Senate Panel: A Decade’s Worth of Major Money Laundering Risks at HSBC

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Date: 
July 25, 2012

A Senate investigation found that lax controls at Britain's biggest bank and its U.S. affiliate exposed the U.S. financial system to massive money laundering, drug trafficking, and terrorist financing risks due to poor anti-money laundering controls. While news reports indicate that criminal charges could be filed, many financial experts predict HSBC’s punishment will be limited to a hefty fine. This is a far different enforcement standard used by the government against American charities accused of having links to terrorism, many of which have had their assets seized indefinitely while investigations are pending.   In some case, American charities have been shut down on the basis of much less evidence of wrong-doing than what the Senate report uncovered about operations at HSBC.

At the July 17, 2012 hearing titled, U.S. Financial System Vulnerabilities (video), the Senate’s Subcommittee on Investigations released a 340 page report finding regulators have been flagging major money laundering problems at HSBC for nearly a decade, but the London-based bank had continued its operations largely without penalty. Questionable practices included providing cash services to foreign banks that had connections with listed terrorist entities by the U.S., and skirting bans against financial transactions with sanctioned countries like Iran.  

“Banks that ignore money laundering rules are a big problem for our country,” said Senator Carl Levin (D-MI), chairman of the subcommittee. “Also troubling is a bank regulator that does not adequately do its job.”
 
Note: all page numbers refer to the Senate’s report
 
According to the Senate report, HSBC’s American arm, HBUS, served as “a gateway for terrorists to gain access to U.S. dollars and the U.S. financial system." In one case, HBUS supplied nearly $1 billion in cash to a Saudi bank closely connected to a Bangladeshi bank whose largest single shareholder at the time was International Islamic Relief Organization, a Saudi-based charity classified as a terrorist organization by the U.S.  A second shareholder, Lajnat al-Birr Al Islamiah, was the precursor to the Benevolence Islamic Foundation, another charity listed by the U.S. as a terrorist group. The report reveals that HSBC compliance offers were aware of the red flags, “but approved or maintained the accounts anyway.” [p. 245]
 
“HSBC actively circumvented U.S. safeguards designed to block transactions involving terrorists, drug lords, and rogue regimes,” the Senate report said.  An independent audit, paid for by HSBC, uncovered 25,000 questionable payments with Iranian entities involving over $19 billion between 2001 and 2007.
 
HSBC executives counseled Iranian financial institutions on how to evade American regulation, and foreign HSBC affiliates substituted their own names for clients’ with Iranian ties to avoid raising suspicion [p. 140]. “While some at HBUS claimed not to have known they were processing undisclosed Iranian transactions from HSBC affiliates, internal documents show key senior HBUS officials were informed as early as 2001,” the report said. [p. 113]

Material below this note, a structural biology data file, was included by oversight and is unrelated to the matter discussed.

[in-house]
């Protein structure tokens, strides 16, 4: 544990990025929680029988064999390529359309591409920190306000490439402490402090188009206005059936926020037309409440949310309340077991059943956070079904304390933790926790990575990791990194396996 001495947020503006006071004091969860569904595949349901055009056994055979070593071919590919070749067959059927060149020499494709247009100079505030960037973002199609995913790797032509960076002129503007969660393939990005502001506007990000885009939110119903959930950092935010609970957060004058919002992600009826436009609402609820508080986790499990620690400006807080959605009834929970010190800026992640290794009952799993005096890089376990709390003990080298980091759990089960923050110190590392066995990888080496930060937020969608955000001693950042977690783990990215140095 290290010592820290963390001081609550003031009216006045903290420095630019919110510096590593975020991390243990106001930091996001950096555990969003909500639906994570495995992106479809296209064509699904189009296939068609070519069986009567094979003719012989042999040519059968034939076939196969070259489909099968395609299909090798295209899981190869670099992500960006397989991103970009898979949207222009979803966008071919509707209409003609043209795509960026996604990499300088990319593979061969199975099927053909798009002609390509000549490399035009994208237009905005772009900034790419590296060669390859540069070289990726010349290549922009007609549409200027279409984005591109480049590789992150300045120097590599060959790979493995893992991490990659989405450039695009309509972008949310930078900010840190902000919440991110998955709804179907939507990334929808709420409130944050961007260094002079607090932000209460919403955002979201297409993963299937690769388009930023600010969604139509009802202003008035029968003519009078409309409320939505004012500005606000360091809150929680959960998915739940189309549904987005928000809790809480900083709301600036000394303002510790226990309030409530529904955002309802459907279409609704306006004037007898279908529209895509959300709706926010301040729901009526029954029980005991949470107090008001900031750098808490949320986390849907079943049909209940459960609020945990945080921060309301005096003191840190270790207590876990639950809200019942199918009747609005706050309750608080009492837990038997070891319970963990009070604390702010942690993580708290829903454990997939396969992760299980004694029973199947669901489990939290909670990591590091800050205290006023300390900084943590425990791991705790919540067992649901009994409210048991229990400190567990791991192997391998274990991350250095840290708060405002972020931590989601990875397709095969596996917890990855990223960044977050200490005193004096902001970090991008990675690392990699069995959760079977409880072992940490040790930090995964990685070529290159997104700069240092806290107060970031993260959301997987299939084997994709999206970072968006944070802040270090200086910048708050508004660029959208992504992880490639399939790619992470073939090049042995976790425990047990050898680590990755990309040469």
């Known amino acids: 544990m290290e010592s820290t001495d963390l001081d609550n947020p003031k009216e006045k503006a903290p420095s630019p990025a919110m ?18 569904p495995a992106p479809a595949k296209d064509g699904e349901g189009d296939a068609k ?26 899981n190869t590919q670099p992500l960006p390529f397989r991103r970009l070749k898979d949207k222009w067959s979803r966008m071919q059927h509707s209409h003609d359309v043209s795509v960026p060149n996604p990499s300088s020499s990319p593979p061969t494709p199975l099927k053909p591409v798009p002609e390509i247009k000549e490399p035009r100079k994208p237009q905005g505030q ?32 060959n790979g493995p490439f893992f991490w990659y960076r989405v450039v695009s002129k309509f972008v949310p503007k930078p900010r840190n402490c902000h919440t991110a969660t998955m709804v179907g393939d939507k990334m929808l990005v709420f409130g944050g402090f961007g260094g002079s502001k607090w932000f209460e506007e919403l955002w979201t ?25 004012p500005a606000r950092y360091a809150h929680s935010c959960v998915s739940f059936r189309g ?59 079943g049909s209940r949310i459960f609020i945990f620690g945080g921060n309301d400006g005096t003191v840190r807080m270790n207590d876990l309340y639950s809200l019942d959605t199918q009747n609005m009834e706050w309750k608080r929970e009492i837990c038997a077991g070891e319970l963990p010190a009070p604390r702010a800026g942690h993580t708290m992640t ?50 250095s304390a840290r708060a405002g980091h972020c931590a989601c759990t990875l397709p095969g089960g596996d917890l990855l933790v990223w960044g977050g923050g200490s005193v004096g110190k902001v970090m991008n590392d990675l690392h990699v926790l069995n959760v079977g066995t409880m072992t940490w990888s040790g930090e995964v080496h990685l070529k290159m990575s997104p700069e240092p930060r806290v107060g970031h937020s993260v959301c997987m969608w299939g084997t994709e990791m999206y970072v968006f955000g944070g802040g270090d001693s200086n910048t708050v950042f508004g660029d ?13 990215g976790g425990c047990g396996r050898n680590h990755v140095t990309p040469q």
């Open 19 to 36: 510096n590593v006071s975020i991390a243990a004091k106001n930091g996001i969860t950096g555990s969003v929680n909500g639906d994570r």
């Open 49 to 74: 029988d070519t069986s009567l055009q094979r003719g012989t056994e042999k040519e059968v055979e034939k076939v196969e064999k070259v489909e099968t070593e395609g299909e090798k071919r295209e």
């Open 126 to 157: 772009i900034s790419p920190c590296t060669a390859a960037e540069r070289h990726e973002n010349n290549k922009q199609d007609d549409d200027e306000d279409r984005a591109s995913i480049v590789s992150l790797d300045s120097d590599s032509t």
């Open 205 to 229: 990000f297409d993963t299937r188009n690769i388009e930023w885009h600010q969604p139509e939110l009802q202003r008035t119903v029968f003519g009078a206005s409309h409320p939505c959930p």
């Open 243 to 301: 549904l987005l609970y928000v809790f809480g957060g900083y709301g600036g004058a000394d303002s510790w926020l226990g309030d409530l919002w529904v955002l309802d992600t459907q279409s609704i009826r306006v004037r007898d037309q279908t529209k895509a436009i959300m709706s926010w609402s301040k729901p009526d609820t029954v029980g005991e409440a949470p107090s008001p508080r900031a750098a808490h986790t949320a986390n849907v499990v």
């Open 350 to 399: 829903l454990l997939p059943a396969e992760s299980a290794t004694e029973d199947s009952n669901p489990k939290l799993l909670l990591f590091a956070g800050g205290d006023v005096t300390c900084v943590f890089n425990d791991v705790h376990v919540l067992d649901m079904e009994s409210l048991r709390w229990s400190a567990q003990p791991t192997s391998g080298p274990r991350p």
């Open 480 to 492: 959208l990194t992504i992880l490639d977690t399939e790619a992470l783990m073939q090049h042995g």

The federal regulatory body in charge of enforcing anti-money laundering procedures, Treasury’s Office of the Comptroller of the Currency (OCC), also came under fire in the Senate report for “systemic weaknesses” in its oversight responsibilities. The OCC identified at least 85 problems with HSBC’s anti-money-laundering efforts from 2005 to 2010, but almost no enforcement action took place during that period. For example, in 2009 the OCC determined HBUS’s top executive in charge of anti-money laundering compliance was not qualified for the position. The OCC could have cited HSBC for violating federal law, but instead issued a letter listing the issue as a “matter requiring attention.”  HSBC responded by hiring a new anti-money laundering official who reported to the unqualified compliance official. Other deficiencies included:
  • a backlog of over 17,000 alerts identifying possible suspicious activity that had yet to be reviewed; and
     
  • a failure to conduct money laundering monitoring of $15 billion in bulk cash transactions to HSBC affiliates before opening accounts for them
The Senate subcommittee found that the agency’s responses to these problems lacking. Calling the OCC a “lapdog not a watchdog,” Senator Tom Coburn (R-OK), accused the agency of seeing weaknesses in the bank’s money laundering safeguards and being “at a loss” to act.
 
Sandy Chen, a financial analyst at Cenkos Securities, predicts a monetary punishment for HSBC. “Because HSBC has cooperated with the U.S. Senate investigation, and because it has begun to implement the recommended changes, we think that U.S. legislators and regulators will be inclined to give HSBC some breathing space,” Chen said.
 
“I think we’re going to continue to see these types of gross violations of federal regulations intended to prevent money laundering until bank officials are held criminally accountable,” Jimmy Gurulé, a former Treasury Department’s under secretary of enforcement from 2001 to 2003, said.
 
The report indentified several other major international banks that have received substantial fines in the last decade for major violations of U.S. law, including violating OFAC sanctions. “In December 2009, Credit Suisse was fined $536 million by the Department of Justice for altering wire transfer documentation from 1995 to 2006, in transactions involving Burma, Cuba, Iran, and Libya. That same month Lloyd’s Bank was fined $217 million for stripping information from wire transactions over a ten-year period, from the mid 1990s through September 2007. In May 2010, ABN Amro was fined $500 million for removing information from wire transfers involving OFAC sanctioned countries between 1995 and 2005.” [p. 116]